State Sen. Dan Laughlin wants to boost tax credits for businesses that invest in Pennsylvania’s most distressed, low-income communities.
Laughlin, R-Erie, has introduced Senate Bill 944 to increase tax credits for companies that invest in federally designated opportunity zones created by the federal Tax Cuts and Jobs Act in 2017.
Pennsylvania’s 300 Qualified Opportunity Zones (QOZ) are identified based on distressed economic activity, recommendations from locals and likelihood of private investment in designated distressed census tracts. The program utilizes a federal capital gains tax incentive that allows for the deferral and investment of capital gains in those areas, and Laughlin wants to increase the potential credit.
“We need to have more tools to promote job creation in Pennsylvania, and my bill would provide one such tool,” Laughlin said. “This legislation would add an additional $500 per job for each qualifying job created in a QOZ.”
SB 944 reads, “A company may claim a tax credit of $1,500 per new job created in a federally designated opportunity zone, or $3,000 per each new job created in a federally designated opportunity zone if the newly created job is filled by a veteran or an unemployed individual, up to the maximum job creation tax credit amount specified in the commitment letter.”
“The commonwealth has historically provided approved businesses $1,000 to $2,500 per new family sustaining job created within Pennsylvania,” Laughlin said. “It’s time to boost the credit to encourage regrowth throughout the state.”
The legislation is co-sponsored by Sens. Steven Santarsiero, D-Bucks, and John Gordner, R-Bloomsburg.
Pennsylvania’s QOZ program is administered through the Pennsylvania Department of Community & Economic Development, which offers a map of eligible areas throughout the state. Any taxpayer with eligible capital gains subject to federal capital gains taxes can invest in QOZ projects, properties and businesses.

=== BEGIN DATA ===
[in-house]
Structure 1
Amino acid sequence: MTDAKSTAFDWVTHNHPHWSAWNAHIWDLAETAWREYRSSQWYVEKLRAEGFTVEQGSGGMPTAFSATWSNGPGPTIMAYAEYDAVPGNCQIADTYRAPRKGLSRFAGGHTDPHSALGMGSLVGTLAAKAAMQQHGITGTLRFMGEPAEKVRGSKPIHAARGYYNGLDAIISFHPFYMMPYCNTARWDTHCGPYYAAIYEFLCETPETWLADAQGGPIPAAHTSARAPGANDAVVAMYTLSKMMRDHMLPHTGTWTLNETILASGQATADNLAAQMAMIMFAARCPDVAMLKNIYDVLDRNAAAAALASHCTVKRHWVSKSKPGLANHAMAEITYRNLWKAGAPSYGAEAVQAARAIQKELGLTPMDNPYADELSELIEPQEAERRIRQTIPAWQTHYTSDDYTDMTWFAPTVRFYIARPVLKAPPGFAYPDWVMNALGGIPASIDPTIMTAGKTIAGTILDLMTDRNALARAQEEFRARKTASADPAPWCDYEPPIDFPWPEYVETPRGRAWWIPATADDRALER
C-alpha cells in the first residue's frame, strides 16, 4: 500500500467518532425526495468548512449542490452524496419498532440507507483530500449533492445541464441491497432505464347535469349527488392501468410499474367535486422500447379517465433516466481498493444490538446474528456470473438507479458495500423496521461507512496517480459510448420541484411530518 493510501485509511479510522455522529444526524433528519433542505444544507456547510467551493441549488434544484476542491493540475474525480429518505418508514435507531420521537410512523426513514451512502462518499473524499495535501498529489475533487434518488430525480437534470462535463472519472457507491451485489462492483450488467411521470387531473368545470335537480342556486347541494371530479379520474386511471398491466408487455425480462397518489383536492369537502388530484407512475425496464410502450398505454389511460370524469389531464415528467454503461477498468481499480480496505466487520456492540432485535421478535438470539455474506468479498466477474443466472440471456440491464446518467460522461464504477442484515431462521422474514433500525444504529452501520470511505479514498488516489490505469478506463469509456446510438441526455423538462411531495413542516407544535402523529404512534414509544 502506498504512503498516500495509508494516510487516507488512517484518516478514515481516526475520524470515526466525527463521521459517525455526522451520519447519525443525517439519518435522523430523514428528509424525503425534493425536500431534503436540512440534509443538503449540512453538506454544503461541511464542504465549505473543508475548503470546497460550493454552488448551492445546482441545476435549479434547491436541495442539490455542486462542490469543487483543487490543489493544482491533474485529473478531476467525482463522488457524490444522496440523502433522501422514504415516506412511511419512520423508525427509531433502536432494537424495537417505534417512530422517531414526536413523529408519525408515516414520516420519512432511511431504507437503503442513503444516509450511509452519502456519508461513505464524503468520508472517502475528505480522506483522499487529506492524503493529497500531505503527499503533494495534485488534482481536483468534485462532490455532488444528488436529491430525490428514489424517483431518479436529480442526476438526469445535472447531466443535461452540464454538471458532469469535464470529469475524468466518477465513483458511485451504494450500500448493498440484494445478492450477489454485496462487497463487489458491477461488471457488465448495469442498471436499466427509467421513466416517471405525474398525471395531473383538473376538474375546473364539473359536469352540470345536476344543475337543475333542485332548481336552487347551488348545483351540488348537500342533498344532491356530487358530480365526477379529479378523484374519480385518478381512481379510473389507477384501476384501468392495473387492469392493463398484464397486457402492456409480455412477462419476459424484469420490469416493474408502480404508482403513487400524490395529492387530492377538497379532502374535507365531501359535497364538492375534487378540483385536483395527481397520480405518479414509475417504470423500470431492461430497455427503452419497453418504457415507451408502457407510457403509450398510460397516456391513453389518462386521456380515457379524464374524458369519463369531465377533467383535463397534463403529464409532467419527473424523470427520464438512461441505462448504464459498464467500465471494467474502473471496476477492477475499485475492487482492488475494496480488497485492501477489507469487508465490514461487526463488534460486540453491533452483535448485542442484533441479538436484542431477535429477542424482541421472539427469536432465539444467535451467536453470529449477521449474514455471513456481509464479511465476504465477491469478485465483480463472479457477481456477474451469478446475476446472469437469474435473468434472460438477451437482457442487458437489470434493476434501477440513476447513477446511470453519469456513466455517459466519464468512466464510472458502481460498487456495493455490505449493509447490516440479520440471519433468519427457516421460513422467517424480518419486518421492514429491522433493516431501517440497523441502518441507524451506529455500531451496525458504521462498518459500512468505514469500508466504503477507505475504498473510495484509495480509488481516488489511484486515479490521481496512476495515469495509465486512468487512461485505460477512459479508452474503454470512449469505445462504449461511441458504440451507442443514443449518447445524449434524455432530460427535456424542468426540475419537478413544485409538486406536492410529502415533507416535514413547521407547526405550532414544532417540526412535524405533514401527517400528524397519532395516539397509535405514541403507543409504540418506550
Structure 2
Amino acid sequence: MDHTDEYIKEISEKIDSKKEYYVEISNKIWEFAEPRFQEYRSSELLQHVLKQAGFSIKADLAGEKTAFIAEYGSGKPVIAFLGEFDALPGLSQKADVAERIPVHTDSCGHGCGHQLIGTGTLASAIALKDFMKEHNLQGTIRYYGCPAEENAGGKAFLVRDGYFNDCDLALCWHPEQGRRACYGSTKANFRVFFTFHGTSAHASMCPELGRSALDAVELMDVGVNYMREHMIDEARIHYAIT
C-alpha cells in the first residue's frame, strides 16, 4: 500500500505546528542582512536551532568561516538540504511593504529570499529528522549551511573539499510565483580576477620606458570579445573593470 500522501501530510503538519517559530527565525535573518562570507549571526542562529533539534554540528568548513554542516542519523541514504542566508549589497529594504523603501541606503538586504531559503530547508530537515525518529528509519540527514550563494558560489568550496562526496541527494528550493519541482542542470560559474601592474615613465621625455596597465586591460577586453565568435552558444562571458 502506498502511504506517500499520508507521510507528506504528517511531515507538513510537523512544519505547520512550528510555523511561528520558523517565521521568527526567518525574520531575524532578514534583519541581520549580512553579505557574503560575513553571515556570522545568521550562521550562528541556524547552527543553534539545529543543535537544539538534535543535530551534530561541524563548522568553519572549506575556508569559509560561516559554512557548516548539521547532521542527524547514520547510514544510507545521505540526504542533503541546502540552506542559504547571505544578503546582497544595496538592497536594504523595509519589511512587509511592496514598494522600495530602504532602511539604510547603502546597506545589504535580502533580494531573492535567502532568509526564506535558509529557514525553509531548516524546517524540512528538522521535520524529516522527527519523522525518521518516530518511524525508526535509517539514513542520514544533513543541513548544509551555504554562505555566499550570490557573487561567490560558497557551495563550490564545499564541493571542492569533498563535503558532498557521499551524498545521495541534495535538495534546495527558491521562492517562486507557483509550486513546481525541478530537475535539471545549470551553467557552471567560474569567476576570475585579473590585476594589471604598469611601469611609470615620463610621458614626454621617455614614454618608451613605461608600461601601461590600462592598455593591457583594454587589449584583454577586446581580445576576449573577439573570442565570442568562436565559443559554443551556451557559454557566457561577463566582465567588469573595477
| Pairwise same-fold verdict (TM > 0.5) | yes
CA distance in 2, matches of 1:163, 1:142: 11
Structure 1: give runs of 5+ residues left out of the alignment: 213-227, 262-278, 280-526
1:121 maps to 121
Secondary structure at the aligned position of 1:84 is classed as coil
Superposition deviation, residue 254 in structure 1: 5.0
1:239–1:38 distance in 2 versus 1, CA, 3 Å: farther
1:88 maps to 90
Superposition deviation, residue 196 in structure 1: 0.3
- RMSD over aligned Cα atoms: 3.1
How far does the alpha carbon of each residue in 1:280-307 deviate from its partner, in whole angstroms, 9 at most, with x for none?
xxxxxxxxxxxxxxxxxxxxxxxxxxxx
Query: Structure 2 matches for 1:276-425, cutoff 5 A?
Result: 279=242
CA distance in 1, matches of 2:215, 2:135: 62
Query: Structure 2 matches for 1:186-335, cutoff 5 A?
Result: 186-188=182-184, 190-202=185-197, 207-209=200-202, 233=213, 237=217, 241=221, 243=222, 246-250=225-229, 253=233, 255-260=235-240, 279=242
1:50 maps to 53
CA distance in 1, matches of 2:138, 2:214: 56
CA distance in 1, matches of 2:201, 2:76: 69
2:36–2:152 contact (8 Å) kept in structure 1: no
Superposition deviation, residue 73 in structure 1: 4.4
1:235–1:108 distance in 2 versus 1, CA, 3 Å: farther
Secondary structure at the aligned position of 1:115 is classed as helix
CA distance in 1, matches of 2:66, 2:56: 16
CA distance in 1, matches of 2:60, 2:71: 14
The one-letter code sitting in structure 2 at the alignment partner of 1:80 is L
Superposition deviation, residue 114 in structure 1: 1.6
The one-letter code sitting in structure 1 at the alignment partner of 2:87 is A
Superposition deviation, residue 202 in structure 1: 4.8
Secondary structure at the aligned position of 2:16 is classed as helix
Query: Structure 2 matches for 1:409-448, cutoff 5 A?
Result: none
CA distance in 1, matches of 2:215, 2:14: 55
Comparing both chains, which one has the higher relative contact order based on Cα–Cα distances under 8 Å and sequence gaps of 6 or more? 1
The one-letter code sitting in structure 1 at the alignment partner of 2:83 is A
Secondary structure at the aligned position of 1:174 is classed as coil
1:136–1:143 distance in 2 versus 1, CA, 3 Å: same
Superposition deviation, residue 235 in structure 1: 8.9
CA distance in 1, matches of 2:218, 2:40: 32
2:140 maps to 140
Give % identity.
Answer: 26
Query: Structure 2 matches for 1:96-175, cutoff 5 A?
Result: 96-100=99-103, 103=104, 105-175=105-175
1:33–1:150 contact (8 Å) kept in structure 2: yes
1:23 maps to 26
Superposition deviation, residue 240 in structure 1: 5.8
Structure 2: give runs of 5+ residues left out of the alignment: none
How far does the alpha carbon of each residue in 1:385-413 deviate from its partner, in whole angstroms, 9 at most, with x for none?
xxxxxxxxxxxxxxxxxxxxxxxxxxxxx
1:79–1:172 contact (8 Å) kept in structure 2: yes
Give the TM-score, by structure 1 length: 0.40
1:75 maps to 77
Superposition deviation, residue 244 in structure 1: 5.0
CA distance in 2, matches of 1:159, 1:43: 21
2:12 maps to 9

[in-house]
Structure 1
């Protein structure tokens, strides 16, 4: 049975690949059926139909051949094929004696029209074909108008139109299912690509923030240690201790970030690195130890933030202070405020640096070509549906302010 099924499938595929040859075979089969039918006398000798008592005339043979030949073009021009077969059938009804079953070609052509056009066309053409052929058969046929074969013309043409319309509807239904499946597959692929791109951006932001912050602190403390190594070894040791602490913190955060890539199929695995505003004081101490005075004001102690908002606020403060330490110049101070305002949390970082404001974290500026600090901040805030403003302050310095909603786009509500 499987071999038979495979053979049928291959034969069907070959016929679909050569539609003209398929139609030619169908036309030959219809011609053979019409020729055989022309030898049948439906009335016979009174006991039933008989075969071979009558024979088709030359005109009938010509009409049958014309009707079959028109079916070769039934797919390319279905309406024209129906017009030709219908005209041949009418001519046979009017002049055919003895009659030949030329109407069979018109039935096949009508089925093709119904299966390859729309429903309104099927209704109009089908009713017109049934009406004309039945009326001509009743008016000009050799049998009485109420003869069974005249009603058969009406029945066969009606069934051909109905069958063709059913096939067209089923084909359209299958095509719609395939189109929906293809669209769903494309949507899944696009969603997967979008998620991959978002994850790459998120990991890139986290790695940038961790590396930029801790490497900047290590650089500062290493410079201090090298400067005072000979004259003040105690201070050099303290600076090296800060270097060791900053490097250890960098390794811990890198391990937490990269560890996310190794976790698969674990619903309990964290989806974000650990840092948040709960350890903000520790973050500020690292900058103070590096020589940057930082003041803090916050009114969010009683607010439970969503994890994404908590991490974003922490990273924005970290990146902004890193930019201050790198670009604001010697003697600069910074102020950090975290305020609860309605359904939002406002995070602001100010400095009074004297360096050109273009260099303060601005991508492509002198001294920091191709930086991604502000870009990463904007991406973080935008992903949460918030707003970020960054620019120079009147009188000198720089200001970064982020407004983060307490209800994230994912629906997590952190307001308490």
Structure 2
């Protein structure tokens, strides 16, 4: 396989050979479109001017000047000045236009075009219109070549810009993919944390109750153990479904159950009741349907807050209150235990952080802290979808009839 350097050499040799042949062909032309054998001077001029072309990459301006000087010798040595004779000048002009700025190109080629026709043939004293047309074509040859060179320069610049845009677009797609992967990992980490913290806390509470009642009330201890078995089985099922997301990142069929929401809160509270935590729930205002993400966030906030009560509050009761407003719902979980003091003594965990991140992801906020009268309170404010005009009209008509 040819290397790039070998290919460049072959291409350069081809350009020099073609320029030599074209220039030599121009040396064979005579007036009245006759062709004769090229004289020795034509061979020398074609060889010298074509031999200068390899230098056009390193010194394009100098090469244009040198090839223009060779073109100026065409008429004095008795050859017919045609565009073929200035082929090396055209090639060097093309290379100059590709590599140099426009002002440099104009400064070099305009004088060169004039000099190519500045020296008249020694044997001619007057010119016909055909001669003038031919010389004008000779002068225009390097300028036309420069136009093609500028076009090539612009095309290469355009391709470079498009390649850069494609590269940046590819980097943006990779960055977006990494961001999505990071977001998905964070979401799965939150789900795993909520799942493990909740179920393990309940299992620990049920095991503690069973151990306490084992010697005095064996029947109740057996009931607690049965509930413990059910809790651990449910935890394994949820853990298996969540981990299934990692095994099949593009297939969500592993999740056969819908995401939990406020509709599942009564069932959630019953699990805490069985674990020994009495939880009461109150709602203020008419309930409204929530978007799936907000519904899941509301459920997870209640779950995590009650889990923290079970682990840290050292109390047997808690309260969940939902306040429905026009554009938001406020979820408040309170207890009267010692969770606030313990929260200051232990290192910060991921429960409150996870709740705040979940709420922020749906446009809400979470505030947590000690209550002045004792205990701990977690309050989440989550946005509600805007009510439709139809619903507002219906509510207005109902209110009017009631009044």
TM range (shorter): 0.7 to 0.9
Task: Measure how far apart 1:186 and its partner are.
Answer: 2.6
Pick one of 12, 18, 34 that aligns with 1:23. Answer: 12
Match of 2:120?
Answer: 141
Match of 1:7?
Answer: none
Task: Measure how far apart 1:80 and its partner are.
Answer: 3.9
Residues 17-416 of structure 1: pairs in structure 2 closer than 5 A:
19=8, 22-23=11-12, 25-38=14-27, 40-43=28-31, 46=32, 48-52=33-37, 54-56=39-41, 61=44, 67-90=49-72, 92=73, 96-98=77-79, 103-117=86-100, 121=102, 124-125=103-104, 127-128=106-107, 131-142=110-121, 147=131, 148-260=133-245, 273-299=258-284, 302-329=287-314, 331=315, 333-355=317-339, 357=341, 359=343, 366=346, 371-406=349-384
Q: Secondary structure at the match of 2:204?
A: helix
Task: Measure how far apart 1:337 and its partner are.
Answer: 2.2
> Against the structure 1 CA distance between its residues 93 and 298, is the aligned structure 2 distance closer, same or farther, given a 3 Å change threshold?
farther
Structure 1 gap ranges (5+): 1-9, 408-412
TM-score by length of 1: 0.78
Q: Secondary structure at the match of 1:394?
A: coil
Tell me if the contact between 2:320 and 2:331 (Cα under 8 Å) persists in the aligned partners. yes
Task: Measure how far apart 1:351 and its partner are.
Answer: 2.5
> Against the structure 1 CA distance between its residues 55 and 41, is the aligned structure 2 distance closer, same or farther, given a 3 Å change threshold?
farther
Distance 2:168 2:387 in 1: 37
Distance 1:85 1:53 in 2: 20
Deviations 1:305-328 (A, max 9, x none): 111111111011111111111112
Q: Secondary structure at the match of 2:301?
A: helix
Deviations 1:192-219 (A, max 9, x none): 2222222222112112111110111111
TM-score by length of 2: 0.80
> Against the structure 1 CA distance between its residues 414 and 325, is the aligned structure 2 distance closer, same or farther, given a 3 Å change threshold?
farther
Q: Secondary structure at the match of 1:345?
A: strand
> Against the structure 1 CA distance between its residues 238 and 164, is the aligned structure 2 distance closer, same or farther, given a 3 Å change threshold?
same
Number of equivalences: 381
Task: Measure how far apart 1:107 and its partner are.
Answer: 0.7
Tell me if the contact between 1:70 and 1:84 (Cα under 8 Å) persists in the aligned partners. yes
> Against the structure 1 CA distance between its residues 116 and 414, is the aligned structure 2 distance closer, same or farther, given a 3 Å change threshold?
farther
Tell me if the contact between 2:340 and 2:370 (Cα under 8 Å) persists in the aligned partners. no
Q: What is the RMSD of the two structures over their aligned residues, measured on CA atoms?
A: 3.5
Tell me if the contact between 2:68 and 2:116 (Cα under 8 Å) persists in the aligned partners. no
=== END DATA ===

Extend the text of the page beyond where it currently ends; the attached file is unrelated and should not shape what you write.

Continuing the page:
The investments are not tied to any minimum or maximum participation thresholds or job retention or creation commitments, but are restricted to certain uses, according to a state fact sheet.
“Taxpayers interested in deferring capital gains and investing in Qualified Opportunity Zone projects need to invest in a Qualified Opportunity Fund to take advantage of the QOZ tax benefits,” the document reads. “All QOZ investments must occur within a QOZ. Most industrial, commercial, residential, and direct business investments are eligible. However, certain businesses such as massage parlors, tanning salons, liquor stores, golf courses, country clubs, and gambling facilities are not.”
The Opportunity Zones Database maintains a directory of 298 Qualified Opportunity Zone Funds with a total investment capacity of $62 billion. The database identifies a dozen QOZ funds that specifically identify Pennsylvania as a target market, ranging in size from $5 million to $500 million.
The Pennsylvania specific funds involve a variety of different property types, including residential and workforce housing, student housing, energy development, hotels and offices, farmland, industrial and multifamily housing projects.
SB 944 is assigned to the Senate Finance Committee.